Pure Alcohol placed on the skin evaporates very rapidly, and in so doing abstracts heat, producing a sensation of coolness. This is succeeded by a feeling of warmth in the part; which also becomes red from temporary paralysis of its blood-vessels, causing them to dilate. If the evaporation be prevented, as by putting a little alcohol on the skin and covering it with a thimble, the alcohol acts as an irritant; it causes smarting, and finally sets up inflammation.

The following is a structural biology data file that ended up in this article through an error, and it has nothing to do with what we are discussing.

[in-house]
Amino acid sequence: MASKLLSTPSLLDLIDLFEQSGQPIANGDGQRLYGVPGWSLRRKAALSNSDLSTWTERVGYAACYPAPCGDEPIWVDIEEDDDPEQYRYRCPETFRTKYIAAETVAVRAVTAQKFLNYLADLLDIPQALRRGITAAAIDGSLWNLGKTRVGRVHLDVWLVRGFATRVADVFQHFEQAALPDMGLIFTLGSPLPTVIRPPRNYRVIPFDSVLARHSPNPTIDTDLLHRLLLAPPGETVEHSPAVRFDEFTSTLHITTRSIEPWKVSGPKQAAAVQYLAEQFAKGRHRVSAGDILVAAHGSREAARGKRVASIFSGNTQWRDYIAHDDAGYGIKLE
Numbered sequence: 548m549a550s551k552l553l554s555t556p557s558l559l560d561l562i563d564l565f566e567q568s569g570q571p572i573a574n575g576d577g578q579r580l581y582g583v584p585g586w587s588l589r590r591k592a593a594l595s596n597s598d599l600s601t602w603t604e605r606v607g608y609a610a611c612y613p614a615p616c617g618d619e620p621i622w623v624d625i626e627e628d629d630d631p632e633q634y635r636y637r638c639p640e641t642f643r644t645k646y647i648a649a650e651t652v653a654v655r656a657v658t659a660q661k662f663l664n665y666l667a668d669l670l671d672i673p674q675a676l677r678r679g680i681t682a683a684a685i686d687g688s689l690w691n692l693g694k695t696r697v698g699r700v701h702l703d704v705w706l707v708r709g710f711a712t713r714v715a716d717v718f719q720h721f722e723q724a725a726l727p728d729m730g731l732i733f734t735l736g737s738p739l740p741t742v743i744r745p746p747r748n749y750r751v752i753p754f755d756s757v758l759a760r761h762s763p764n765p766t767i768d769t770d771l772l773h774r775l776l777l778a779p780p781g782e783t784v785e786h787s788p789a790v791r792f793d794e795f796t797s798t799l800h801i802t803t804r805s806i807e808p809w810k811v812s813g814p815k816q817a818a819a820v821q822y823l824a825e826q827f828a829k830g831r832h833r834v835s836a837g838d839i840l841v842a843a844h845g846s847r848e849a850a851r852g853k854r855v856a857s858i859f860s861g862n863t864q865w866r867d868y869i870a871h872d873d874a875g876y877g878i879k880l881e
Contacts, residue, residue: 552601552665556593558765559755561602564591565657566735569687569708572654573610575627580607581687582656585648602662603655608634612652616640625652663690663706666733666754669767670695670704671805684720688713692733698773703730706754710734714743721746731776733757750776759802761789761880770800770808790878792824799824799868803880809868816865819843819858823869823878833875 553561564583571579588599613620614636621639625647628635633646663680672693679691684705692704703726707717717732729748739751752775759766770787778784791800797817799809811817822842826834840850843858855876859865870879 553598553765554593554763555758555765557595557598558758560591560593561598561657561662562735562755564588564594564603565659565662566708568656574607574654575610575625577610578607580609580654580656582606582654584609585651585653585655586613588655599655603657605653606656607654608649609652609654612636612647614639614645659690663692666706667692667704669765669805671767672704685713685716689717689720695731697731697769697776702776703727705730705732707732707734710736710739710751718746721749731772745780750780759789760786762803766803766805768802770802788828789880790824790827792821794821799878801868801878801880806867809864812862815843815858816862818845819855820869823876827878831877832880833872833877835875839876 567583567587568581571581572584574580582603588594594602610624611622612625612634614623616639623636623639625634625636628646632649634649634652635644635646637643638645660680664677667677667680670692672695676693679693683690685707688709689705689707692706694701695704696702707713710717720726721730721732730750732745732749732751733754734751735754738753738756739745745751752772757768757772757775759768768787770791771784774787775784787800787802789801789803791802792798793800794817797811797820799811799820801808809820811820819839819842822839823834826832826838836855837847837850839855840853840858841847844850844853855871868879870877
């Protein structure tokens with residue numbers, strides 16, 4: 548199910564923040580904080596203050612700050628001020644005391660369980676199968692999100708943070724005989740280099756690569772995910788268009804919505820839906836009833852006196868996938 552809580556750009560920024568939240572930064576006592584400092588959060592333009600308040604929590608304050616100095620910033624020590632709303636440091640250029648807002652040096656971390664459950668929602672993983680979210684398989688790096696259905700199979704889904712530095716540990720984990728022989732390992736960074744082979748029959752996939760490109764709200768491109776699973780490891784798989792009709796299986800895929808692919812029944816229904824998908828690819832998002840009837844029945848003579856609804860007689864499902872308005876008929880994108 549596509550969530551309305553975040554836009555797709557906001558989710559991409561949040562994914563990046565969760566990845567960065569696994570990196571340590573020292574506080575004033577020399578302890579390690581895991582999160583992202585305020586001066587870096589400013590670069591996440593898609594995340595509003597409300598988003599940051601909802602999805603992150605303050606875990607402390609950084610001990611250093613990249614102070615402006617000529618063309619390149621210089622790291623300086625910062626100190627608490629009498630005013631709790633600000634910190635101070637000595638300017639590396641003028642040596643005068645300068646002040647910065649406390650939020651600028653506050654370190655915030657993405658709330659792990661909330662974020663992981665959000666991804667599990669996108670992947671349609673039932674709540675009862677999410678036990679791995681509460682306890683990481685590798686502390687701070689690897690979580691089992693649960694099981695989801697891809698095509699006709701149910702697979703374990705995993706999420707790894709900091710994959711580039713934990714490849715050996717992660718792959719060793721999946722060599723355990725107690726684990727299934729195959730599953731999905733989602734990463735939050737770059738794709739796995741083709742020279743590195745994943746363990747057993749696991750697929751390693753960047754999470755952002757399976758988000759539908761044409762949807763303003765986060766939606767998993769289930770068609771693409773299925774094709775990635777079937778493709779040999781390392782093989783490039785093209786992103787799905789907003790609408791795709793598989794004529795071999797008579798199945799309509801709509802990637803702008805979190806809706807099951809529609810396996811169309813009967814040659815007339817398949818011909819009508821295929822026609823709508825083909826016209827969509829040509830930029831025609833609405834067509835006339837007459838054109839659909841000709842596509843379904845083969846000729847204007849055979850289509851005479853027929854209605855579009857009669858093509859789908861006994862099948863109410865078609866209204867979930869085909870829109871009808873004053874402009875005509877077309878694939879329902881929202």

On the mucous membranes of the alimentary canal alcohol acts much as on the skin, but its irritant effect is more marked. Placed on the tongue it causes a feeling of coolness, followed by a hot biting sensation, and a red congested condition of the area with which it came in contact. Introduced into the stomach, where it cannot readily evaporate, strong alcohol causes congestion and inflammation varying in intensity with its amount. If the dose is large it sometimes causes death almost instantly, because the powerfully irritated sensory nerves of the gastric mucous membranes reflexly excite a nerve-centre which stops the heart's beat.